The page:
Sunday, June 06, 2010

The Annotated Origin of Species

In November of 1859, the
London publishing house of John Murray
brought out the first edition of what would become the most famous and important work of science of the 19th century: Charles Darwin's On the Origin of Species. The first edition of 1,250 copies sold out in one afternoon (first edition copies today fetch over a hundred thousand dollars on the rare book market) and was eventually reprinted over the next fifteen years in five increasingly popular editions. The success of the Origin catapulted Darwin from a relatively unknown specialist in the taxonomy of barnacles to the most famous naturalist of the 19th century and became the most widely read (and most controversial) science text of all time.

Many historians of biology credit the Origin with founding the modern science of biology. Hence, it is very curious that the first edition of the Origin lacks what most scholars expect to find in such influential and widely respected works. Unlike most other books of its kind — including Darwin's other famous books, The Voyage of the Beagle (first published in 1839) and The Descent of Man (first published in 1871) — the Origin has virtually none of the usual "machinery" of a scholarly work. Although Darwin cites the findings and opinions of hundreds of naturalists worldwide in the Origin, he does not provide any footnotes or written citations to their published works. The first edition of the Origin also does not include a bibliography nor any listing of published references. And, despite focusing on the most visual of the natural sciences, the Origin contains only one illustration, a hand–drawn diagram of the branching pattern of descent that Darwin proposed for his theory of descent with modification (his term for what we now refer to as "evolution").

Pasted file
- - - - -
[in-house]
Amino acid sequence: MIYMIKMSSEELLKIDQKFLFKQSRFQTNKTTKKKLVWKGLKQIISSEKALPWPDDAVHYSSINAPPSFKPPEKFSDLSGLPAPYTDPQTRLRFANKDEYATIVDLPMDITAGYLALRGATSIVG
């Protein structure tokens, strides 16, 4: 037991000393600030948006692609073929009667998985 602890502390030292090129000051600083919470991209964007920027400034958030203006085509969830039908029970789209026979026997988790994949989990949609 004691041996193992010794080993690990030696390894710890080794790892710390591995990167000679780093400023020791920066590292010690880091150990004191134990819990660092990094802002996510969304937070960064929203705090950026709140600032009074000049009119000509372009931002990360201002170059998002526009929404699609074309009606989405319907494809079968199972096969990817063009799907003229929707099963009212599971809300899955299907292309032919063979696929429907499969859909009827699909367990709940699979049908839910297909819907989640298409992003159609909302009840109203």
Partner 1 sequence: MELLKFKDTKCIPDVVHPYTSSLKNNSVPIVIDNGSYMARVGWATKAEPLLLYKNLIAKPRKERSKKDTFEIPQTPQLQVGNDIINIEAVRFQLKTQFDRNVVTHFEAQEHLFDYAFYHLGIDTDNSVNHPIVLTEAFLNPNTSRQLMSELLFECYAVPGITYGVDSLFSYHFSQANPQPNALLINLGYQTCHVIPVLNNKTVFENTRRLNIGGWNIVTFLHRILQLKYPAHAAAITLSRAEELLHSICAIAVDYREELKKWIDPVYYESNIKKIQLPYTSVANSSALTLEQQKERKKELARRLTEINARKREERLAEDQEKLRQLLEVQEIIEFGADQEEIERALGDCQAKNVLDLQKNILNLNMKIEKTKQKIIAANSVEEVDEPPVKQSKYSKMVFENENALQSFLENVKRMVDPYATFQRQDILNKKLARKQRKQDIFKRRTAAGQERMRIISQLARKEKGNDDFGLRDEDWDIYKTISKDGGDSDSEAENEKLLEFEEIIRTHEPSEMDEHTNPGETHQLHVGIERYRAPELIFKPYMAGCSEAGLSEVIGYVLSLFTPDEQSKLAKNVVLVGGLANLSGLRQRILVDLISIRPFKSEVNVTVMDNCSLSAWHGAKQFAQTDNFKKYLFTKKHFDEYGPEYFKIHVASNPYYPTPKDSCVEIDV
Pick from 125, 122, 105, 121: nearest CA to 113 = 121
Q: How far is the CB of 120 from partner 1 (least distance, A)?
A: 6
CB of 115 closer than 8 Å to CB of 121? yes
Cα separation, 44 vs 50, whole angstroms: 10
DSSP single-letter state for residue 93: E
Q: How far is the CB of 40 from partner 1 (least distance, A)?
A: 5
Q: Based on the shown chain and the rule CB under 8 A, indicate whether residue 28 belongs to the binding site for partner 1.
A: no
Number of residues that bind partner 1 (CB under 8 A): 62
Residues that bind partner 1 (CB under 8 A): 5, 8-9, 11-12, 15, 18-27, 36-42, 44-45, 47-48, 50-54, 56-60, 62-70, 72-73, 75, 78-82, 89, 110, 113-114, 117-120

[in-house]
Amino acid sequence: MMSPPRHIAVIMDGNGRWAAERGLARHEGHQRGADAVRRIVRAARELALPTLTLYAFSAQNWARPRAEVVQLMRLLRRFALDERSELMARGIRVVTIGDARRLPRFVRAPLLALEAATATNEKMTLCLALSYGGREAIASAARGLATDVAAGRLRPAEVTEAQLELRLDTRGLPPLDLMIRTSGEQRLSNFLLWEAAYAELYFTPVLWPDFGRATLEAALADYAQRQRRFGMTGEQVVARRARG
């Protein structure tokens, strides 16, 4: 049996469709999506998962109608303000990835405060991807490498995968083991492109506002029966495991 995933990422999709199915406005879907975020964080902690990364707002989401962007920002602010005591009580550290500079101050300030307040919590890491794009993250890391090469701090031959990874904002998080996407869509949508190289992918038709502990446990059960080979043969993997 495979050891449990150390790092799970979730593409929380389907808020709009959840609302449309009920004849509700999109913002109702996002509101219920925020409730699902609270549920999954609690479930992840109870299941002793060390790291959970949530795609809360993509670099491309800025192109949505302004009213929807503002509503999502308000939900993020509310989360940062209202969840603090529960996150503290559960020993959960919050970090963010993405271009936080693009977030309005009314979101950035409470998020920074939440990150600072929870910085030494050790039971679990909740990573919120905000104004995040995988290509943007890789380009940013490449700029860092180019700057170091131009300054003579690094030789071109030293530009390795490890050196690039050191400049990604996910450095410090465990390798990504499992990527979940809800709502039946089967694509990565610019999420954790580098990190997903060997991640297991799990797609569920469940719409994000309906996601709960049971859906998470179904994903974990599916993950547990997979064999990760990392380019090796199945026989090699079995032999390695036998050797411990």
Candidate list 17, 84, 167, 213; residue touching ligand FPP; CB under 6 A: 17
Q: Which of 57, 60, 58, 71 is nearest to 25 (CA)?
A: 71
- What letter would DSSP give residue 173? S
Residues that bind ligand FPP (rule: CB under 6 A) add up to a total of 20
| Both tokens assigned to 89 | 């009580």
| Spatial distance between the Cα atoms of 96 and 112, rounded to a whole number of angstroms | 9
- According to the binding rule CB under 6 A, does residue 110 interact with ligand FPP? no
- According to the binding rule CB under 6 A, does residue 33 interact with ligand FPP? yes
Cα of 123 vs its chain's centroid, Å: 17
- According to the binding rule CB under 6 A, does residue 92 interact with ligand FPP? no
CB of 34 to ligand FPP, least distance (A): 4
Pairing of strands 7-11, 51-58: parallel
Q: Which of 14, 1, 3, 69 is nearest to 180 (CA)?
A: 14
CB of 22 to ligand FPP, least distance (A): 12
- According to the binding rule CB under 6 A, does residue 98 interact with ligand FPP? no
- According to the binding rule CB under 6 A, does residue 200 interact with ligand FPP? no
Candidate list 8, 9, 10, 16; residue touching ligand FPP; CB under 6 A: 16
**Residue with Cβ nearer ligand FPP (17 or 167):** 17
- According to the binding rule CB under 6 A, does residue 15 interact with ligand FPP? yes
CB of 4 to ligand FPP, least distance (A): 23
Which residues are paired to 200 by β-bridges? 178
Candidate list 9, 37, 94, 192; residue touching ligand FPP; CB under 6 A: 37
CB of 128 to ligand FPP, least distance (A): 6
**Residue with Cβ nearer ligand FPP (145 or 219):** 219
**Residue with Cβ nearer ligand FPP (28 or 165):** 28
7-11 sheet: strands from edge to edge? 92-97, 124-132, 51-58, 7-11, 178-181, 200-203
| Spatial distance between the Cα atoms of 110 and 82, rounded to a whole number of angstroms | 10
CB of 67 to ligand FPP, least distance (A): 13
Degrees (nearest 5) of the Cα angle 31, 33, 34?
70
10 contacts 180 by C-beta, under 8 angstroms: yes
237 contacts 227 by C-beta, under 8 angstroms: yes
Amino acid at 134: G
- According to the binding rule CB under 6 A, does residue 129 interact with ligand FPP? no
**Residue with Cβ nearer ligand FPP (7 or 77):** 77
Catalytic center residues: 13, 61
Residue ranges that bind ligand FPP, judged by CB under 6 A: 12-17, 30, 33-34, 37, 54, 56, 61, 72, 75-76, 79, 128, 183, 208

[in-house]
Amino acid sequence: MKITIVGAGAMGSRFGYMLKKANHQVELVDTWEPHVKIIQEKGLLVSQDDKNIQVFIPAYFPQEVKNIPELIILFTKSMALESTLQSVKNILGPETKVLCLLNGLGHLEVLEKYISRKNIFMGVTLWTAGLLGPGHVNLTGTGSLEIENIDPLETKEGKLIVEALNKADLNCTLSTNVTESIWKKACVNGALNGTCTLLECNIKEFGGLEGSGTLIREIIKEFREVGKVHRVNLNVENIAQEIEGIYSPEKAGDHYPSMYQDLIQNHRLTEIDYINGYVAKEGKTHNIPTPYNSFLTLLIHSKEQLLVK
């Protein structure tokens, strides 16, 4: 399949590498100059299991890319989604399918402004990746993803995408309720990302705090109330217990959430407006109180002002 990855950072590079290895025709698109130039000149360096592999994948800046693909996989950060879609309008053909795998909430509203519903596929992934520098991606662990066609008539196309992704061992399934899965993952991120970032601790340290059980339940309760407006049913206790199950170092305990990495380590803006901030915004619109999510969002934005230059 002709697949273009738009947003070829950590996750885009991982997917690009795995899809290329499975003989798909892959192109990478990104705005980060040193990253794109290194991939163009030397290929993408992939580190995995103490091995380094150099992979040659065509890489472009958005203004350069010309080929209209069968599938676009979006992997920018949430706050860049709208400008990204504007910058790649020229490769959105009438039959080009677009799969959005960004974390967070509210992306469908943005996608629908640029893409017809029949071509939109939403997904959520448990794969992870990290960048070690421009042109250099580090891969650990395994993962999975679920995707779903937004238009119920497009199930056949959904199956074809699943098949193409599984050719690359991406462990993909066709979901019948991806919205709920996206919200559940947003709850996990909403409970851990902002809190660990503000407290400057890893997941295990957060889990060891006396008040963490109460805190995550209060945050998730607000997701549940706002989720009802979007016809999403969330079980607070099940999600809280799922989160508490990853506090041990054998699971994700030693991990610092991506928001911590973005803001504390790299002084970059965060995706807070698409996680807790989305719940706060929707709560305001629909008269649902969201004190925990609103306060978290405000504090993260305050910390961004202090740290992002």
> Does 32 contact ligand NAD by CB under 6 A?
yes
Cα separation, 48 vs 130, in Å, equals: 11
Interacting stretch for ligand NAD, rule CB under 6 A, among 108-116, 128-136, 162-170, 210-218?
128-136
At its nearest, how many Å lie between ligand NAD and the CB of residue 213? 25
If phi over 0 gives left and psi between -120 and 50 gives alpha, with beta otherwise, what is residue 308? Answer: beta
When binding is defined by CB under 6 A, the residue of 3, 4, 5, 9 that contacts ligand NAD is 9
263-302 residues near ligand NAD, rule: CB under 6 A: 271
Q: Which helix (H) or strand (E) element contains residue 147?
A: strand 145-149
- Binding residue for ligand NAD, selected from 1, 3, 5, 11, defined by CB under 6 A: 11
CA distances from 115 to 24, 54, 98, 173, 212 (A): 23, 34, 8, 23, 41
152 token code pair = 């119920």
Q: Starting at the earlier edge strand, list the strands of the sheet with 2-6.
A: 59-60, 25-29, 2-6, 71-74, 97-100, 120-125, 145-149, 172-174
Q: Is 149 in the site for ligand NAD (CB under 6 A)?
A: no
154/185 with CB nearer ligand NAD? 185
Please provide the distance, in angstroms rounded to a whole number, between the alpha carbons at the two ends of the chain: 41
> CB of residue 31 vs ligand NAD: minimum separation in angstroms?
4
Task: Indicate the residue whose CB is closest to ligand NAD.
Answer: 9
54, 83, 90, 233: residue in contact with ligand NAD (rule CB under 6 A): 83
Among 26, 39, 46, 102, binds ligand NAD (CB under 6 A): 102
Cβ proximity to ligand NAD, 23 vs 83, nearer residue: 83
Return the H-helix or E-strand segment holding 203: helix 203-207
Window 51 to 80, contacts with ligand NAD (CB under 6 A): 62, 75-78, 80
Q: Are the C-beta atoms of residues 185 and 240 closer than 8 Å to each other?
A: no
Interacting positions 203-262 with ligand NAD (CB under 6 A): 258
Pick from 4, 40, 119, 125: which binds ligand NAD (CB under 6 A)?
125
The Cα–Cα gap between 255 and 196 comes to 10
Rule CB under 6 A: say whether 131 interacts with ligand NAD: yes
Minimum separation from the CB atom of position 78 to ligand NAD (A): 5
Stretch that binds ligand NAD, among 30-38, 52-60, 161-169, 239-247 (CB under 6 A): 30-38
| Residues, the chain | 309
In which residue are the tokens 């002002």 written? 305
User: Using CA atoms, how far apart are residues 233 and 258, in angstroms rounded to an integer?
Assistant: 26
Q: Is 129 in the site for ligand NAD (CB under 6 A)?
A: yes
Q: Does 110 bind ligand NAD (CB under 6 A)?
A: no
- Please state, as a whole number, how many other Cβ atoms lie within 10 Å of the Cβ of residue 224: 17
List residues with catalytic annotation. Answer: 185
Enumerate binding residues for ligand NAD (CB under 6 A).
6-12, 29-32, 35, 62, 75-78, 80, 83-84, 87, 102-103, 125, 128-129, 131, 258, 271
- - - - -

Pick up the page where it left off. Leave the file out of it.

The reason for this surprising lack of documentation is well known: Darwin had been scooped on his theory of natural selection by a fellow English naturalist, Alfred Russel Wallace. In April of 1858, Wallace sent Darwin a letter that included a brief essay "On the Tendency for Varieties to Depart Indefinitely from the Original Type", in which Wallace anticipated virtually all of the major concepts of Darwin's theory of evolution by natural selection. Darwin had been working on his theory for over two decades, and had been writing the book that would eventually be published as the Origin for at least five years when he received Wallace's letter. Anxious to preserve his priority as the discoverer of natural selection and urged on to do so by his friends and fellow naturalists, Darwin rushed what he considered to be an "abstract" of his ideas into print in November of 1859. This "brief abstract", published without footnotes, illustrations, or bibliography, was the first edition of the Origin of Species by Means of Natural Selection.

The first edition of the Origin was a masterwork and is still published in its original form, without footnotes, illustrations, and bibliography. Reading it, one can still get a taste of the overwhelming scholarship with which Darwin supported what he called his "long argument" for descent with modification. However, to really appreciate how much of the science of natural history Darwin wove into his argument, one really needs to know what Darwin's sources were and how they were related to each other.